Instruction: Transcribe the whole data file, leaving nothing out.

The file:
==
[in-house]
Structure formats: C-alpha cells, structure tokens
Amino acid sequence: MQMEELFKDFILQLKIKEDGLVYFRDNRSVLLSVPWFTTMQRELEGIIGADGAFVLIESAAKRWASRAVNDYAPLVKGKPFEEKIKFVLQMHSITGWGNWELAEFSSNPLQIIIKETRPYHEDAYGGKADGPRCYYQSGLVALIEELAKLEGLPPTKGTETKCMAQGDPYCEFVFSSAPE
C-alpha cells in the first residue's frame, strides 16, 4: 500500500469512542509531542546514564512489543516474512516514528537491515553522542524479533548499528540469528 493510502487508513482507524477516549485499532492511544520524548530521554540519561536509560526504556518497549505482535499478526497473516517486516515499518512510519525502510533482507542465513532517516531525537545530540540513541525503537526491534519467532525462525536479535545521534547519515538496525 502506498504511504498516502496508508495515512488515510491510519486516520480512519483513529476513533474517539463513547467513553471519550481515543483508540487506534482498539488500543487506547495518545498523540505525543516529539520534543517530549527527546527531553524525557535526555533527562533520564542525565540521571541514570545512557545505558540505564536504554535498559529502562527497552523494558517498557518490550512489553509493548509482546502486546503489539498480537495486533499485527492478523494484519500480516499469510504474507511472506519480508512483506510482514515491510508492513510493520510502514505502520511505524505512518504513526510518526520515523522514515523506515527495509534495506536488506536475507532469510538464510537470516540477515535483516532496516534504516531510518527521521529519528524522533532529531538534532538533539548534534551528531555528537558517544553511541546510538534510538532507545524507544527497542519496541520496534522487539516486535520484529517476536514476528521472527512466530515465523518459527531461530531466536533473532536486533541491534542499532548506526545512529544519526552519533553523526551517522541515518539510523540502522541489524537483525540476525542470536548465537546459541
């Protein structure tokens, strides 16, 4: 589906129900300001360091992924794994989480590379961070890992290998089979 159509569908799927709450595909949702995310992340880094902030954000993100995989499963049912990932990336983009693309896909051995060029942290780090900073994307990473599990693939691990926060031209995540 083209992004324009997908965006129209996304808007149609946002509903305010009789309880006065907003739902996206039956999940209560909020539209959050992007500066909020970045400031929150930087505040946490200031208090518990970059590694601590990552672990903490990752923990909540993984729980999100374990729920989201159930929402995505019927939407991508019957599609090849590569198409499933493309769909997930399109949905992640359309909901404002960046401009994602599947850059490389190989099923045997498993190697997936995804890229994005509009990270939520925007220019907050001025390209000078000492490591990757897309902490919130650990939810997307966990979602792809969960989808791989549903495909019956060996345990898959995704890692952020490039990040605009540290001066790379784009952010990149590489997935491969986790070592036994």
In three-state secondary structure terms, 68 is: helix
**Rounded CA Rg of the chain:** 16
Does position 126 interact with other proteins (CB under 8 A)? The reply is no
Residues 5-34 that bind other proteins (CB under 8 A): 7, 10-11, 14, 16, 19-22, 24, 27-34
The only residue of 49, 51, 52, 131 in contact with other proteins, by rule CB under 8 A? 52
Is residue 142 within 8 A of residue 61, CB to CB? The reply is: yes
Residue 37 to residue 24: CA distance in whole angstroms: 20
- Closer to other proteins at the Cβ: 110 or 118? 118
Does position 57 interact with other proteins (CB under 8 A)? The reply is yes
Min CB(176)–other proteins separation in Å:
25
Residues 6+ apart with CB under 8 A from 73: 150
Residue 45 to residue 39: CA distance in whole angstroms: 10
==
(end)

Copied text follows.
[in-house]
Structure formats: C-alpha cells, structure tokens
Amino acid sequence: MQMEELFKDFILQLKIKEDGLVYFRDNRSVLLSVPWFTTMQRELEGIIGADGAFVLIESAAKRWASRAVNDYAPLVKGKPFEEKIKFVLQMHSITGWGNWELAEFSSNPLQIIIKETRPYHEDAYGGKADGPRCYYQSGLVALIEELAKLEGLPPTKGTETKCMAQGDPYCEFVFSSAPE
C-alpha cells in the first residue's frame, strides 16, 4: 500500500469512542509531542546514564512489543516474512516514528537491515553522542524479533548499528540469528 493510502487508513482507524477516549485499532492511544520524548530521554540519561536509560526504556518497549505482535499478526497473516517486516515499518512510519525502510533482507542465513532517516531525537545530540540513541525503537526491534519467532525462525536479535545521534547519515538496525 502506498504511504498516502496508508495515512488515510491510519486516520480512519483513529476513533474517539463513547467513553471519550481515543483508540487506534482498539488500543487506547495518545498523540505525543516529539520534543517530549527527546527531553524525557535526555533527562533520564542525565540521571541514570545512557545505558540505564536504554535498559529502562527497552523494558517498557518490550512489553509493548509482546502486546503489539498480537495486533499485527492478523494484519500480516499469510504474507511472506519480508512483506510482514515491510508492513510493520510502514505502520511505524505512518504513526510518526520515523522514515523506515527495509534495506536488506536475507532469510538464510537470516540477515535483516532496516534504516531510518527521521529519528524522533532529531538534532538533539548534534551528531555528537558517544553511541546510538534510538532507545524507544527497542519496541520496534522487539516486535520484529517476536514476528521472527512466530515465523518459527531461530531466536533473532536486533541491534542499532548506526545512529544519526552519533553523526551517522541515518539510523540502522541489524537483525540476525542470536548465537546459541
């Protein structure tokens, strides 16, 4: 589906129900300001360091992924794994989480590379961070890992290998089979 159509569908799927709450595909949702995310992340880094902030954000993100995989499963049912990932990336983009693309896909051995060029942290780090900073994307990473599990693939691990926060031209995540 083209992004324009997908965006129209996304808007149609946002509903305010009789309880006065907003739902996206039956999940209560909020539209959050992007500066909020970045400031929150930087505040946490200031208090518990970059590694601590990552672990903490990752923990909540993984729980999100374990729920989201159930929402995505019927939407991508019957599609090849590569198409499933493309769909997930399109949905992640359309909901404002960046401009994602599947850059490389190989099923045997498993190697997936995804890229994005509009990270939520925007220019907050001025390209000078000492490591990757897309902490919130650990939810997307966990979602792809969960989808791989549903495909019956060996345990898959995704890692952020490039990040605009540290001066790379784009952010990149590489997935491969986790070592036994």
In three-state secondary structure terms, 68 is: helix
**Rounded CA Rg of the chain:** 16
Does position 126 interact with other proteins (CB under 8 A)? The reply is no
Residues 5-34 that bind other proteins (CB under 8 A): 7, 10-11, 14, 16, 19-22, 24, 27-34
The only residue of 49, 51, 52, 131 in contact with other proteins, by rule CB under 8 A? 52
Is residue 142 within 8 A of residue 61, CB to CB? The reply is: yes
Residue 37 to residue 24: CA distance in whole angstroms: 20
- Closer to other proteins at the Cβ: 110 or 118? 118
Does position 57 interact with other proteins (CB under 8 A)? The reply is yes
Min CB(176)–other proteins separation in Å:
25
Residues 6+ apart with CB under 8 A from 73: 150
Residue 45 to residue 39: CA distance in whole angstroms: 10